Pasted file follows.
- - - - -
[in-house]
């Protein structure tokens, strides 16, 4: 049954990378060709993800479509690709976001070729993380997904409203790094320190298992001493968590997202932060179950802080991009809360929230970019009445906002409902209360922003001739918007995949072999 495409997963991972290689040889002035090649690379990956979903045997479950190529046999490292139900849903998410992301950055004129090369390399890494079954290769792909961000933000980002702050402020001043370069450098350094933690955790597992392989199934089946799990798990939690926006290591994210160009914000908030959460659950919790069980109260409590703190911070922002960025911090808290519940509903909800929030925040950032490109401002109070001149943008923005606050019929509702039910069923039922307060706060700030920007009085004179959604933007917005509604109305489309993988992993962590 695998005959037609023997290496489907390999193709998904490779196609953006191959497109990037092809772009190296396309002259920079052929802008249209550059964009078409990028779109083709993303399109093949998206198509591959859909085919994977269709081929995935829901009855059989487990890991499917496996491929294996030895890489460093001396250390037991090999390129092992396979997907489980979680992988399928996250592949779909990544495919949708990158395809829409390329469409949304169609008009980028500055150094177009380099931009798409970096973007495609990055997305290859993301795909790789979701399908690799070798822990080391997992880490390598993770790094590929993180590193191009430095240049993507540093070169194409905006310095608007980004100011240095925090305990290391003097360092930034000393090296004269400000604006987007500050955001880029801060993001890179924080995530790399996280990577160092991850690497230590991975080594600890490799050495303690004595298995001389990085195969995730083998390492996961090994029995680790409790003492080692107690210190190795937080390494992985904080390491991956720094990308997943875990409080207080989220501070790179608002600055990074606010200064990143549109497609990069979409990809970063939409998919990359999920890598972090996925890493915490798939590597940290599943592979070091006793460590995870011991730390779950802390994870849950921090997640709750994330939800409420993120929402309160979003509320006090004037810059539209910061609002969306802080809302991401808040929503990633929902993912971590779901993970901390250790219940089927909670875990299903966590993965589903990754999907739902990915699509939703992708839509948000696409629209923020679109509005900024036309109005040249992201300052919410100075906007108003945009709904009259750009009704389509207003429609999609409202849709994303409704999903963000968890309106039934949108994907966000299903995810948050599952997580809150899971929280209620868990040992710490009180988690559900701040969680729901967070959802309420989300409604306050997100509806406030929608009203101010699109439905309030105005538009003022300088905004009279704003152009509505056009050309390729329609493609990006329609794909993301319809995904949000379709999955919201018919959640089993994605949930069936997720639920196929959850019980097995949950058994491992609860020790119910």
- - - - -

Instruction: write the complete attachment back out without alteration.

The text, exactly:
[in-house]
């Protein structure tokens, strides 16, 4: 049954990378060709993800479509690709976001070729993380997904409203790094320190298992001493968590997202932060179950802080991009809360929230970019009445906002409902209360922003001739918007995949072999 495409997963991972290689040889002035090649690379990956979903045997479950190529046999490292139900849903998410992301950055004129090369390399890494079954290769792909961000933000980002702050402020001043370069450098350094933690955790597992392989199934089946799990798990939690926006290591994210160009914000908030959460659950919790069980109260409590703190911070922002960025911090808290519940509903909800929030925040950032490109401002109070001149943008923005606050019929509702039910069923039922307060706060700030920007009085004179959604933007917005509604109305489309993988992993962590 695998005959037609023997290496489907390999193709998904490779196609953006191959497109990037092809772009190296396309002259920079052929802008249209550059964009078409990028779109083709993303399109093949998206198509591959859909085919994977269709081929995935829901009855059989487990890991499917496996491929294996030895890489460093001396250390037991090999390129092992396979997907489980979680992988399928996250592949779909990544495919949708990158395809829409390329469409949304169609008009980028500055150094177009380099931009798409970096973007495609990055997305290859993301795909790789979701399908690799070798822990080391997992880490390598993770790094590929993180590193191009430095240049993507540093070169194409905006310095608007980004100011240095925090305990290391003097360092930034000393090296004269400000604006987007500050955001880029801060993001890179924080995530790399996280990577160092991850690497230590991975080594600890490799050495303690004595298995001389990085195969995730083998390492996961090994029995680790409790003492080692107690210190190795937080390494992985904080390491991956720094990308997943875990409080207080989220501070790179608002600055990074606010200064990143549109497609990069979409990809970063939409998919990359999920890598972090996925890493915490798939590597940290599943592979070091006793460590995870011991730390779950802390994870849950921090997640709750994330939800409420993120929402309160979003509320006090004037810059539209910061609002969306802080809302991401808040929503990633929902993912971590779901993970901390250790219940089927909670875990299903966590993965589903990754999907739902990915699509939703992708839509948000696409629209923020679109509005900024036309109005040249992201300052919410100075906007108003945009709904009259750009009704389509207003429609999609409202849709994303409704999903963000968890309106039934949108994907966000299903995810948050599952997580809150899971929280209620868990040992710490009180988690559900701040969680729901967070959802309420989300409604306050997100509806406030929608009203101010699109439905309030105005538009003022300088905004009279704003152009509505056009050309390729329609493609990006329609794909993301319809995904949000379709999955919201018919959640089993994605949930069936997720639920196929959850019980097995949950058994491992609860020790119910």